My family used to play "Where's Waldo?" with a three-toed sloth at the zoo; eventually we'd find him suspended like a hammock from a tree branch above us. I used to think he got a bad rap as nature's laziest creature. After all, I don't have the strength to hold myself upside down on a set of monkey bars for 10 seconds. Then a zoo volunteer explained that sloths have curved claws that allow them to dig into branches and hang without effort. Our sloth, it turns out, really was as unmotivated as he looked.
I found myself thinking about that lethargic critter the other day while listening to a recorded Eugene Peterson lecture and arguing with my MP3 player.
Peterson: Pastors are highly susceptible to the sin of sloth.
Me: What are you talking about? Pastors are some of the most overworked people alive.
Peterson: Sloth is most often evidenced in busyness … in frantic running around, trying to be everything to everyone, and then having no time to listen or pray, no time to become the person who is doing these things.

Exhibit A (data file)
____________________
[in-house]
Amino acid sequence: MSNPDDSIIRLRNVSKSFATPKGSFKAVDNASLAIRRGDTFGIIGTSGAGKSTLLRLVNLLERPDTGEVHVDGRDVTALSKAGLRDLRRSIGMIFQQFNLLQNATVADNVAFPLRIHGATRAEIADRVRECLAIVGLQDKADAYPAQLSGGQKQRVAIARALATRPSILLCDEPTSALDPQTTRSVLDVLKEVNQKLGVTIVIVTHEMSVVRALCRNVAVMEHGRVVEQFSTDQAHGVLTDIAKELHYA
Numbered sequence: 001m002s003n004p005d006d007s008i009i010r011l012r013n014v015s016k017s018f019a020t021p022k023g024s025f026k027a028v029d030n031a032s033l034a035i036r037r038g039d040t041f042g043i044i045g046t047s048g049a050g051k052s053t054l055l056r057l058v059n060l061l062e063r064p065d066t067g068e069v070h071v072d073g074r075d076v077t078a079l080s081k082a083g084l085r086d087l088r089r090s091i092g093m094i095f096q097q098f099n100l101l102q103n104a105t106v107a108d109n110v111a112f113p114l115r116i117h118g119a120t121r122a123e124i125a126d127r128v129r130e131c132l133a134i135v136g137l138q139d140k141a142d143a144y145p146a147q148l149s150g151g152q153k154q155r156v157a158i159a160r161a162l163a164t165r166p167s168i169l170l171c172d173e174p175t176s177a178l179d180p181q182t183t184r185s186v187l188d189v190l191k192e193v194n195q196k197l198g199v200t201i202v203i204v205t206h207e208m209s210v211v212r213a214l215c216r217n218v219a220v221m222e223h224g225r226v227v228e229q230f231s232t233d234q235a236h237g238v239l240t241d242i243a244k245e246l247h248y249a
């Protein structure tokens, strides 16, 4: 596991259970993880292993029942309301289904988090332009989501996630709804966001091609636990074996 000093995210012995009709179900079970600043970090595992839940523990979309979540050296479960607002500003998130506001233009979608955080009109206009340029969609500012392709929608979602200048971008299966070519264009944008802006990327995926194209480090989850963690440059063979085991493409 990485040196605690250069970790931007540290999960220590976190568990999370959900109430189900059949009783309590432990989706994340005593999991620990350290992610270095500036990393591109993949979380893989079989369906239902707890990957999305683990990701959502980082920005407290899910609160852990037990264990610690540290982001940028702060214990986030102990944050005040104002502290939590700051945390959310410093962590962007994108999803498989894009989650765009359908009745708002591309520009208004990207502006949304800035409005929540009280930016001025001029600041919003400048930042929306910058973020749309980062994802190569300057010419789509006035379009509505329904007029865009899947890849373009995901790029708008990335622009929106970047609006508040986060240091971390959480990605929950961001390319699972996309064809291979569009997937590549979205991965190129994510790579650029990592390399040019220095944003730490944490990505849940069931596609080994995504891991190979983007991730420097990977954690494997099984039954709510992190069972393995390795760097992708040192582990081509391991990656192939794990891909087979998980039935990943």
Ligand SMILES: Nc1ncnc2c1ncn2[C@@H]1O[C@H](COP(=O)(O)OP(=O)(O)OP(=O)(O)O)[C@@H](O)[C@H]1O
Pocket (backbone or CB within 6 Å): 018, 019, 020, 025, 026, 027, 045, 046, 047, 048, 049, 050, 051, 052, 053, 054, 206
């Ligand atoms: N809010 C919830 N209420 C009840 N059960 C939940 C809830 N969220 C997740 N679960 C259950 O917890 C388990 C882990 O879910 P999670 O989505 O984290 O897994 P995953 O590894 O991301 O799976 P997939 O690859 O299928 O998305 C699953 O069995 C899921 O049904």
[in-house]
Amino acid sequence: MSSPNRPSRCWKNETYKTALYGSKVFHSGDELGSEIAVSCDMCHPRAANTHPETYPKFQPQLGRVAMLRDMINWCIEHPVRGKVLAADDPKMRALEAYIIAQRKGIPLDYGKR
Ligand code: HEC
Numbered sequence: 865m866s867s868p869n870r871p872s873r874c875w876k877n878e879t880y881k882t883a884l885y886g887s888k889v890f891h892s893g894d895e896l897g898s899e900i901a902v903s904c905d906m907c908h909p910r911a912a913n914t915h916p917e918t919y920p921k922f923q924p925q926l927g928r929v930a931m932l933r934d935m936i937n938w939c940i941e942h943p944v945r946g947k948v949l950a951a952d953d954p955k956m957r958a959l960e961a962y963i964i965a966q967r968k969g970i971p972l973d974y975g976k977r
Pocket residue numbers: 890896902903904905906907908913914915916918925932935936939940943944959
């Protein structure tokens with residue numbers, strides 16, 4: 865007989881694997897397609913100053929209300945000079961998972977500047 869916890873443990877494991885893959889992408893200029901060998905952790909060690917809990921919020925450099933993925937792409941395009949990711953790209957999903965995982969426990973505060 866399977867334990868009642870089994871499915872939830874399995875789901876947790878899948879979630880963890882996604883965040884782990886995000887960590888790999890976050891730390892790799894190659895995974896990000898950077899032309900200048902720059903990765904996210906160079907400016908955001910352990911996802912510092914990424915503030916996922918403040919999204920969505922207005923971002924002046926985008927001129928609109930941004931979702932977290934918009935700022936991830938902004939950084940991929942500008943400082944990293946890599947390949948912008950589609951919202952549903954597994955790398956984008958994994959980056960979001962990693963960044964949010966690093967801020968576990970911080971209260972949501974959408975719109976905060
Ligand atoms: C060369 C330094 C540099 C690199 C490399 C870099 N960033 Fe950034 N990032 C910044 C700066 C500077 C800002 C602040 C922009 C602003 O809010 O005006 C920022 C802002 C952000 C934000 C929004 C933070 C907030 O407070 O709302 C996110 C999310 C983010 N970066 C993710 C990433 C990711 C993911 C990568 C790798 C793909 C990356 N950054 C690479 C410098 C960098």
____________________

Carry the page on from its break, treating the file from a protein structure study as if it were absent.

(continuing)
Score one for Peterson.
I'm not a pastor. But I am busy, like almost everyone I know. When Peterson declares that "the pastor's primary responsibility is to keep the community attentive to God," I can readily apply that job description to my roles as wife, mother, musician, and author. The mandate can be stated even more succinctly regarding my task as a human: Pay attention to God. If I don't, I'm guilty of spiritual sloth, no matter how hard I'm working. In truth, there is an inverse relationship between how overwhelmed I am doing things and how much energy I can give to being attentive.
But did I mention I'm really busy?
Part of the problem is that spiritual receptivity requires unglamorous practices like prayer, ...